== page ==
During flashes of inspiration, everything was reduced in his mind's
              eye to a boat's elemental components. Hunt was then able to put to
              paper the form of the boat envisioned.... His apparent, uncanny
              knowledge of how to move a boat through the water forms a skill no
              tank test or formula can replicate.... Ray Hunt, whose work was
              marked by great variety and success, was one of the most innovative
              designers of his time." ,and

              Of whom Bolger writes, " Hunt started with a plywood box. Out of
              HIS INSIGHT INTO THE BEHAVIOUR OF MOLECULES he rockered the
              bottom and pointed the ends.... The profile sweep of the bottom was
              dictated by hydrodynamics, which he grasped as few people
              have...."(BWAOM pp 156-157).

              . Yet he apparently did not get this PERSONALly in the MAIL from
              Hunt for: "Anything Hunt did was worth pondering. Incidently, HIS
              WORK supports my opinion that sharpies are best without flaring
              sides." (BWAOM p153), and

              18(??) - 19(??) Commodore Ralph Munroe. Pre- Hunt's professional,
              and PCB's times. Who "... did in Presto, in 1885... (BWAOM p 258)
              the form... evolved out of the working sharpie (having) more
              virtuosity and less viciousness. (FS p69)", yet Bolger
              follows "Hunt's INSIGHT in sharpie design rather than Ralph
              Munroe's ..." (BWAOM p119).


              Reasonably, PCB clearly has had the 'do-not-disturb-sign' out for a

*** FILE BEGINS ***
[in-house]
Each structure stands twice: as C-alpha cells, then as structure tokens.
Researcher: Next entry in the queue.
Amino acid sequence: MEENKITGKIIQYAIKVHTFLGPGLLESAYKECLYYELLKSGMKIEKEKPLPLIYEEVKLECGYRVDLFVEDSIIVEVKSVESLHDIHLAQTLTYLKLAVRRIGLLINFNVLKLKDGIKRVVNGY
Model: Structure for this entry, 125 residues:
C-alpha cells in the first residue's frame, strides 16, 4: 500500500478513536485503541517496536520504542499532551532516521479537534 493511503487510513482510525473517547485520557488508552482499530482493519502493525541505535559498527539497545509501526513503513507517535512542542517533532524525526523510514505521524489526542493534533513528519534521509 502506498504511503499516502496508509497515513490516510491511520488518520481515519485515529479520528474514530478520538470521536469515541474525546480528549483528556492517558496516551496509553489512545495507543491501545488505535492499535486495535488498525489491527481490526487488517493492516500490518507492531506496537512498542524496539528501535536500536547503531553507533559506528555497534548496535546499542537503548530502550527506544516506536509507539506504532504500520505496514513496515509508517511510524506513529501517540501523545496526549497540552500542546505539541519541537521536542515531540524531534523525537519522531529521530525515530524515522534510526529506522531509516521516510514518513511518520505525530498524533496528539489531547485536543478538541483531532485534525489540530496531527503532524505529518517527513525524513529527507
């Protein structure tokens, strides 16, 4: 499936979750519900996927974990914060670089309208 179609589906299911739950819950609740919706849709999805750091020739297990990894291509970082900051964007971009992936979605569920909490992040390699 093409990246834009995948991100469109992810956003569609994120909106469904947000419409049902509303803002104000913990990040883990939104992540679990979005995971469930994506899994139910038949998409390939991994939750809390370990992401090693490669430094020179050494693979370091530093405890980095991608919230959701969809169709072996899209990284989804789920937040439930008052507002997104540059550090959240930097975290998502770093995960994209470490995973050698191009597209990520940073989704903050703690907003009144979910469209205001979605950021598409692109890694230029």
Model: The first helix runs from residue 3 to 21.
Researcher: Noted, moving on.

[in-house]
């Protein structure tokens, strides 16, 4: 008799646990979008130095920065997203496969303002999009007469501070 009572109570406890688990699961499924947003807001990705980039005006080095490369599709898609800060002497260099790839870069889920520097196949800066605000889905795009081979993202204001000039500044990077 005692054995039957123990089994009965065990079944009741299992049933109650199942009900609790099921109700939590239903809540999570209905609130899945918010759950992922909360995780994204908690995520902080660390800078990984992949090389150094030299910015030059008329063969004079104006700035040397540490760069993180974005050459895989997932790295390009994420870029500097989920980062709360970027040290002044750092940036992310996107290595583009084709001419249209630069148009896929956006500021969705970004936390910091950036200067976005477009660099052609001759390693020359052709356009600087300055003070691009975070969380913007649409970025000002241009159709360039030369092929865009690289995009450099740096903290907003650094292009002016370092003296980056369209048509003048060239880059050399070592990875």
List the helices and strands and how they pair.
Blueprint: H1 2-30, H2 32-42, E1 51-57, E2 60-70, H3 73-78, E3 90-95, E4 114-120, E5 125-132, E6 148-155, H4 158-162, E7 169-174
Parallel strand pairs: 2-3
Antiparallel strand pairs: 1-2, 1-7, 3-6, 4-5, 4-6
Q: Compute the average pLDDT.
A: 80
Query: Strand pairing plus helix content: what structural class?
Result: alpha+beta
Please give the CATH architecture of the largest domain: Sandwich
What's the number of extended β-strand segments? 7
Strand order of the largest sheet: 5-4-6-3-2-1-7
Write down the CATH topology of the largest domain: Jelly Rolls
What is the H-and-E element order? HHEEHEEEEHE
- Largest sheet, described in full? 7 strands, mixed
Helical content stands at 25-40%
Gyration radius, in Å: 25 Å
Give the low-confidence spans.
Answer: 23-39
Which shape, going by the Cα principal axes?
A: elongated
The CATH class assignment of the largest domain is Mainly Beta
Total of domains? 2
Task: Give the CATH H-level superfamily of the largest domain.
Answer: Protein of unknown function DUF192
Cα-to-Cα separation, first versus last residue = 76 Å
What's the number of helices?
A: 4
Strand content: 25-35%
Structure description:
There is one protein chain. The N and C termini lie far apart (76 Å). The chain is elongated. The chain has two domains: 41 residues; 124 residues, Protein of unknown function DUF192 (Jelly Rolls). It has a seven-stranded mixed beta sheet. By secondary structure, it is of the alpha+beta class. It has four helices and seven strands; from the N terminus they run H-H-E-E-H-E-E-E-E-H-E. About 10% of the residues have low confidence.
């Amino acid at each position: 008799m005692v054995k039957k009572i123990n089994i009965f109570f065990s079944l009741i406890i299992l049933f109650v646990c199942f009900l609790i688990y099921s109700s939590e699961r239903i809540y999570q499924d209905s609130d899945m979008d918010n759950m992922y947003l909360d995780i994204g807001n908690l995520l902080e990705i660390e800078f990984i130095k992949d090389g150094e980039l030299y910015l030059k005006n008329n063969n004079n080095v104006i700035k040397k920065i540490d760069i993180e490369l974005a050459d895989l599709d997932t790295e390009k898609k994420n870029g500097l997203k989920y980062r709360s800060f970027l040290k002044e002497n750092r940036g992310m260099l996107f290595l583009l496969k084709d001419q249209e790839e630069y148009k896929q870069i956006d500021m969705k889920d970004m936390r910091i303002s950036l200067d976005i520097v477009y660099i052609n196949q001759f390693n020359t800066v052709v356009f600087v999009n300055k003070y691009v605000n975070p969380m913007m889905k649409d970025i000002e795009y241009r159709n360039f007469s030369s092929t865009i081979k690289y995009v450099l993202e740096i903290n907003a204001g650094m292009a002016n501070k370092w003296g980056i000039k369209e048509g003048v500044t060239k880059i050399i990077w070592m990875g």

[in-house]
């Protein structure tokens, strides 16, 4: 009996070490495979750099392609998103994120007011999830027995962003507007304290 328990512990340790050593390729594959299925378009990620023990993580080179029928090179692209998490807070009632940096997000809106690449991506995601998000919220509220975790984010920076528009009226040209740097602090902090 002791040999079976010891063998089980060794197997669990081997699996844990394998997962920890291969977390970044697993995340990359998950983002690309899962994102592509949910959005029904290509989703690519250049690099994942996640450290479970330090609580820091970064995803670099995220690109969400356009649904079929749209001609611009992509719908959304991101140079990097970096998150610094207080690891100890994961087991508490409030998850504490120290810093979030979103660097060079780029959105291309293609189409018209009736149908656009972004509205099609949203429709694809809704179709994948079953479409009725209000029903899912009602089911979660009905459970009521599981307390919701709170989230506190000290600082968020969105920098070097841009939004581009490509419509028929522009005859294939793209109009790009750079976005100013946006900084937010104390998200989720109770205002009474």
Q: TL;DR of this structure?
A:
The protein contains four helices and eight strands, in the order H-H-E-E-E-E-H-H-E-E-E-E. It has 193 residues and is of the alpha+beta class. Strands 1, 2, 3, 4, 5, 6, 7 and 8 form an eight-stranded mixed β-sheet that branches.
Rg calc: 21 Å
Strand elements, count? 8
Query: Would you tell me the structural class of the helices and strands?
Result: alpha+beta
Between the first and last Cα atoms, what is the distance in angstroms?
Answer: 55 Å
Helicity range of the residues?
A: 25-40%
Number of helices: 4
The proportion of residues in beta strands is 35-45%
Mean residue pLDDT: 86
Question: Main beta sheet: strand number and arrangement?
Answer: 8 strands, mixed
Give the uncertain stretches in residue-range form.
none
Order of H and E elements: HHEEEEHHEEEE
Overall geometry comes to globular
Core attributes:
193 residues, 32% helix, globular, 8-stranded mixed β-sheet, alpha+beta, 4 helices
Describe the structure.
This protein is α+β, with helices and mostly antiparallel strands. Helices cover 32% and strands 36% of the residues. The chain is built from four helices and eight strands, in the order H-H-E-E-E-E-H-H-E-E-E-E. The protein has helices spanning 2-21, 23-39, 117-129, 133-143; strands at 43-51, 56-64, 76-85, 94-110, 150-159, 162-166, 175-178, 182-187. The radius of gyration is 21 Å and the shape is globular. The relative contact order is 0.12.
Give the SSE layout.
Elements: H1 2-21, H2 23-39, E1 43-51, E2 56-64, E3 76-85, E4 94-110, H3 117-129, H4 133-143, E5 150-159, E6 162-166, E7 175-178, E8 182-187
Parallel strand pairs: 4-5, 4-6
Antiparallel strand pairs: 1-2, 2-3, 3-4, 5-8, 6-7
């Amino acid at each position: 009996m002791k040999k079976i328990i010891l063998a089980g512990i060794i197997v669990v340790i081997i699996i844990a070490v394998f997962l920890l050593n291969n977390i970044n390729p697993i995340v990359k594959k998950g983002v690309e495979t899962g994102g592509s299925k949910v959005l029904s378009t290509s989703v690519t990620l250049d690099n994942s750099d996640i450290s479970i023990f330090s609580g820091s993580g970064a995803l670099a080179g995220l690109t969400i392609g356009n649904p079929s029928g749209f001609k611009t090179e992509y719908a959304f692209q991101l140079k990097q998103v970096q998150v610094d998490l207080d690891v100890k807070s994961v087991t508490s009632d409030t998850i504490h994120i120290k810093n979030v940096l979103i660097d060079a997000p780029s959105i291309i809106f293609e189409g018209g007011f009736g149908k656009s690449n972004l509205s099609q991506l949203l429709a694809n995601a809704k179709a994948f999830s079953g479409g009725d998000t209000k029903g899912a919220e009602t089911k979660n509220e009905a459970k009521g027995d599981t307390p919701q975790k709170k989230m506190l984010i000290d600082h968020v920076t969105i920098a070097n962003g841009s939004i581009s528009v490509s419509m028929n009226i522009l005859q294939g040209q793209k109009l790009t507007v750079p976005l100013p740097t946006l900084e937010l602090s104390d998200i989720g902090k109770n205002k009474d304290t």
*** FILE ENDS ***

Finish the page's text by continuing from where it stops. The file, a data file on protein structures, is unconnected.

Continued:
long time, and lamentably, I could fax neither Munroe, nor Hunt.

              Graeme



              --- In bolger@yahoogroups.com, "James Greene" <jg6892@g...> wrote:
              > >> Bolger's visionary theory needs refinement
              > >
              > >I am not sure PCB would agree.
              >
              >
              > Blah blah blah ...
              >
              > I don't see why this SOP issue constantly comes up here all the
              time, and
              > on other boating lists as well. Phil Bolger is not dead, you
              know? So
              > why don't one of you just fax him and ask him about it? What could
              > possibly be simpler?
              >
              > Or are you all afraid that your individual theories about his
              theory will
              > be wrong???
              >
              > :)
              >
              > James Greene
            Your message has been successfully submitted and would be delivered to recipients shortly.